At the end of the day – we have a typical party line vote supporting gun extremism.  I don’t care who you are – the only reason you need a bump stock is to kill large numbers of people.  A bump stock is not useful for hunting or target shooting.  It converts a weapon that is already a military weapon (semi-automatic rifle) to what is essentially a fully automatic rifle. Justice Sotomayor’s opinion also includes the original reason for the machine gun ban and that was to keep these weapons out of the hands of gangsters.  Two of the typical gun extremist arguments against even minimal forms of gun control are:  “We already have enough gun laws on the books and they are not enforced” and “If we have more gun control laws only the criminals will have guns.”  They make these arguments while continuing to deregulate guns, make gun regulations harder to enforce, and make guns even more widely accessible either by Republican legislators or judges.

A second development on firearms was a recently released report by the CDC on the accessibility of firearms by children.  This is a timely study because of the April 2024 Michigan court case against a couple whose son shot and killed 4 students at his high school.  In that case the couple was found guilty of involuntary manslaughter and sentenced to 10 years in prison because their son used an unsecure handgun and they did not attend to behavior suggesting he could become violent. At the time of the shooting Michigan did not have a statute about securing firearms at home and that law was passed during the first prosecution of the parents. It was widely hailed as a warning to parents about securing firearms at home.

The CDC report was based on a Behavioral Risk Factor Surveillance System module administered in 8 states (AK, CA, MN NV, NM, NC, OH, and OK)  in 2021–2022.  The survey was administered by land line telephone calls. The nonresponse rate ranged from 3.5% to 12.8% by state.  The prevalence of firearms kept “in or around the home” was 18.4% (CA) to 50.6% (AK).  The general figure from Gallup is in the high 40%.  In 19.5% (MN) to 43.8% (NC) the firearm was stored loaded. Half of those reporting storing a loaded firearm said it was unlocked.  25.2% (OH) to 41.4% (AK) of those reporting storing an unlocked loaded firearm also reported children less than the age of 17 in the home.  For adults 65 years of age or older 58.5% (NM) to 72.5% (OK) of those with firearms had them stored unlocked.  The authors list the usual limitations of telephone self-report surveys but do not comment on cultural or political factors like the belief of some gun owners that the government is coming for their guns.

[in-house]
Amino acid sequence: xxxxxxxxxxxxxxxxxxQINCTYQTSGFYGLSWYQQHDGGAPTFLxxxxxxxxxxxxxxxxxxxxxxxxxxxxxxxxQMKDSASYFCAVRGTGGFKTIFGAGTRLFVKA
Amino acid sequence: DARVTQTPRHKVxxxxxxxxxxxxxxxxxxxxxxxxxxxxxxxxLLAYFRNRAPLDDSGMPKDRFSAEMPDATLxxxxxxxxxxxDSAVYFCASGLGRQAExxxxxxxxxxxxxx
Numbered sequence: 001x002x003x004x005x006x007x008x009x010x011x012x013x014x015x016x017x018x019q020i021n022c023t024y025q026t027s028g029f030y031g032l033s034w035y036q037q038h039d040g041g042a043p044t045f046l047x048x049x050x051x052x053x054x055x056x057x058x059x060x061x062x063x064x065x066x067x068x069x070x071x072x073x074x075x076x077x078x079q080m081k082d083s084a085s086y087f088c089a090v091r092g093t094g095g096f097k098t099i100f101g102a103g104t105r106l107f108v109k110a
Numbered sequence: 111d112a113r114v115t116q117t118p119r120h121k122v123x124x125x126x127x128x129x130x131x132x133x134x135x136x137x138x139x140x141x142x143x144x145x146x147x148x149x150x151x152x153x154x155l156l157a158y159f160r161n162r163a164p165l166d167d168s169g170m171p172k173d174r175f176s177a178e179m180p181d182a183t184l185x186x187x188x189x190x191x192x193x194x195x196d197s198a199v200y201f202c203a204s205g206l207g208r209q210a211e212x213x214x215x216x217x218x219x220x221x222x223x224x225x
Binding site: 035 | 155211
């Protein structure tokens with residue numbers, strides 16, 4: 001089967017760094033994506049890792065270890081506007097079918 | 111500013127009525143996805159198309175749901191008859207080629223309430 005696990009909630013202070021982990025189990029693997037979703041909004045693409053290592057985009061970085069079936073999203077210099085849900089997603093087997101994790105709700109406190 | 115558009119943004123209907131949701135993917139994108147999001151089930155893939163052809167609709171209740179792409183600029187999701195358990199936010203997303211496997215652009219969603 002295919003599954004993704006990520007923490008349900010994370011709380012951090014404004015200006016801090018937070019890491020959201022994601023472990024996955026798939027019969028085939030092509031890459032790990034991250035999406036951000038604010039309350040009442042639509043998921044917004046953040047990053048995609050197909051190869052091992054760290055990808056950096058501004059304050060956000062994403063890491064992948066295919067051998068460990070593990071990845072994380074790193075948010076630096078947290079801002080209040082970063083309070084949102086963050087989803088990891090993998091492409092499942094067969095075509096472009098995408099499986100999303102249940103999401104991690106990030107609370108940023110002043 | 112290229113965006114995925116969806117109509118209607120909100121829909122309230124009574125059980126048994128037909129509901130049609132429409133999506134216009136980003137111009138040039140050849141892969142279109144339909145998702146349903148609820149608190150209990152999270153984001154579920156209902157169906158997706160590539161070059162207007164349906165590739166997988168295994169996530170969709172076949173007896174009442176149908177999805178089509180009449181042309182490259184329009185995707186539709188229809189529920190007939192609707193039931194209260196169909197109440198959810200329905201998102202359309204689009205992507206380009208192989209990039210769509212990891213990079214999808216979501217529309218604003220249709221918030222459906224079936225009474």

The authors conclude that unlocked firearms may place children and other vulnerable populations at risk.  There is a higher suicide risk in the elderly.  It also illustrates how common the scenario is that led to the conviction of the parents for their son being a mass shooter. A secondary consideration of those convictions was a warning to parents that firearms at home need to be secured to prevent them from similar risks. As I commented at the time, that is a very inefficient approach to a problem that could be addressed at the population wide level. It is in effect, one political party putting parents at risk to continue saturating the population with firearms. And now we know it may be  about four in ten parents who store unlocked, loaded firearms, with children in the home.

To me, mass shootings are a function of:

- mass availability of high-capacity and rapid-fire firearms - both rifles and handguns

- gun extremism translated into effects at every level